High Court Got the Hijab Case Wrong

Before defending Abercrombie & Fitch, please know I regard the company as a bottom-feeding, scum-sucking retailer of sex to impressionable prepubescent girls.

Rick Jensen

They have as much a right to exist as people have the right to ban their children from entering their gates of sordid gluttony.

That said, this lawsuit against Abercrombie & Fitch is absurd.

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Samuel Alito, representing the intellectually conservative wing of the Supreme Court, led the majority decision that a woman whose attire does not conform to Abercrombie’s “look policy” has the right to try to sue the company for discrimination.

She claims her case is one of religious right being denied because she wasn’t hired after wearing her hijab to her interview. She was not told she was being denied employment due to her religion.

Applying for a sales position, she failed to land the job because her headscarf ran afoul of Abercrombie’s employee “look policy,” which bars hats and promotes the retailer’s preppy brand.

Abercrombie’s lawyers argued that they were unaware of her religious beliefs because she didn’t ask for any religious accommodation.

The majority of justices scoffed at the idea and reversed an appeals ruling favoring Abercrombie. They said it didn’t matter whether or not Abercrombie knew she would need an accommodation. It only mattered that her headscarf was a “motivating factor” in their decision not to hire her.

“Motive and knowledge are separate concepts,” Justice Antonin Scalia wrote. “[A]n employer who acts with the motive of avoiding accommodation may violate [the law] even if he has no more than an unsubstantiated suspicion that accommodation would be needed.”

He’s presuming to know the mind of the employer, which, in this case, isn’t so outrageous. An Abercrombie manager reportedly had correctly assumed that the woman was Muslim, meaning she would likely wear the hijab on the job.

If a retailer decides their brand needs to be extended to the employees’ attire on the job, what is so outrageous about declining to hire someone whose attire does not extend that brand?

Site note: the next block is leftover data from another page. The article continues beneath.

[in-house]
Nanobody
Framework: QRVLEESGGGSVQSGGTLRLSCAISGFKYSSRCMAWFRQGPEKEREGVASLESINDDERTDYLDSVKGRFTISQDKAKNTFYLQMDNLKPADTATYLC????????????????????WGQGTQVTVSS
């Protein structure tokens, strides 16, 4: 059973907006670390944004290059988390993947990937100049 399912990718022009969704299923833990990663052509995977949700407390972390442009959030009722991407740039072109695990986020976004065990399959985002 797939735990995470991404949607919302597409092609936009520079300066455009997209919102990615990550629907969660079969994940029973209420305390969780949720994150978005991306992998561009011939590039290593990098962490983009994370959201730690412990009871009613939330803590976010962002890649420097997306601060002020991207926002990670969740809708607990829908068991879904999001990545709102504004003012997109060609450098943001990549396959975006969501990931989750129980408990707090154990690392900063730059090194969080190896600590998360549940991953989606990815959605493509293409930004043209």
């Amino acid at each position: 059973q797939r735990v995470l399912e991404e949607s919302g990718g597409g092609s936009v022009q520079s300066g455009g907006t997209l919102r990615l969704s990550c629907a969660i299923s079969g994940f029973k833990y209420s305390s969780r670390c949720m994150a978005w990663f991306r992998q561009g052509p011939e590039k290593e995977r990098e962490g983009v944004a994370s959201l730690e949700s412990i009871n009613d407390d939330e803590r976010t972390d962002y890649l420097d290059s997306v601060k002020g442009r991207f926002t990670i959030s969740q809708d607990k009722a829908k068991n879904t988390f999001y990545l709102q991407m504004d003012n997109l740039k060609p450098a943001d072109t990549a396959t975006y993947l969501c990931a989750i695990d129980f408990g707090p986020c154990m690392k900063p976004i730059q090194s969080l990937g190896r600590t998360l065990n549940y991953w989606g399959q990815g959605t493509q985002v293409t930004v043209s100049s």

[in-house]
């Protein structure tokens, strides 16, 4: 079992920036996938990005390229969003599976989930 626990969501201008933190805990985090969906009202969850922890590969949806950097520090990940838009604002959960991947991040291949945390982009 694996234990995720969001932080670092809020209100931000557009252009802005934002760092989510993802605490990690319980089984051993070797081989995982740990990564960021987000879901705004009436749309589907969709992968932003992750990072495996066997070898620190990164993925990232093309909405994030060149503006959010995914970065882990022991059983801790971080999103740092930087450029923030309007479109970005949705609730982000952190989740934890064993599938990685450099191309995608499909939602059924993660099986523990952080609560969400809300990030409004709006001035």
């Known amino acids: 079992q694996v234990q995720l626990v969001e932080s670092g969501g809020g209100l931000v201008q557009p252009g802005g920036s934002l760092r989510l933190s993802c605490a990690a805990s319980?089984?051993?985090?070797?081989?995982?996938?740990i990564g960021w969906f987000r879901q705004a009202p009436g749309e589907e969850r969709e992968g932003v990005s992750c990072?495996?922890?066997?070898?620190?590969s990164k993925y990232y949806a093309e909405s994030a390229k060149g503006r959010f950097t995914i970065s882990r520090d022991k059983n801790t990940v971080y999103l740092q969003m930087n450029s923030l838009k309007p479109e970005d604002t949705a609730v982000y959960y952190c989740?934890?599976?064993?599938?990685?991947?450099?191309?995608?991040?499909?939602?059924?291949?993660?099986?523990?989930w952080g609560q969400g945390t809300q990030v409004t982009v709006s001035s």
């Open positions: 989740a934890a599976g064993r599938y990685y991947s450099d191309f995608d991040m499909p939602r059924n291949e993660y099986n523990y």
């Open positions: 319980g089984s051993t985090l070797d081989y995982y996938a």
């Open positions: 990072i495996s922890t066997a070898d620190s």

If one’s religious belief conflicts with the federal government’s requirement that restaurant cooks wear hair nets, there is no recourse for that individual. You’re not getting the job.

If a restaurant requires their servers to wear propeller beanies on their heads, should a Sikh be awarded a court-ordered cash prize for refusing to replace his turban with the beanie at work?

Another example is Hooters.

The Hooters brand is, indeed, represented by shapely women in skimpy attire.

When a man sued because he wanted to be “a Hooters girl,” he lost.

In 2013, Atlantic County Superior Court Judge Nelson Johnson ruled in favor of Atlantic City’s Borgata Hotel Casino & Spa in a weight-discrimination case brought by 22 cocktail waitresses known as the “Borgata Babes.”

The “babes” argued that the casino viewed them as sex objects and were forced to endure frequent weigh-ins and were even suspended when they gained excessive weight, which could not be 7 percent more than their initial weight when they were hired. The court essentially told the cocktail waitresses that they knew what they were getting into by citing the application process for future “babes,” which stated that the positions were “part fashion model, part beverage server, part charming host and hostess. All impossibly lovely.”

Yes, they were hired as sex objects. They didn’t have to apply for the job.

Judge Johnson also cited the fact that the casino’s “babes” signed statements agreeing to the 7 percent weight-gain policy.

Imagine a world in which the male cast of “Big Bang Theory” could successfully sue the Chippendales organization for refusing to hire them as muscle-bound exotic dancers.

Imagine their female customers’ race to demand refunds if that were the case.

Why is this woman even applying for a job where the company’s brand image is one of unconstrained immature sexuality while her personal image is one of religious modesty?

What is her true ambition?

The lawsuit begs such questions.

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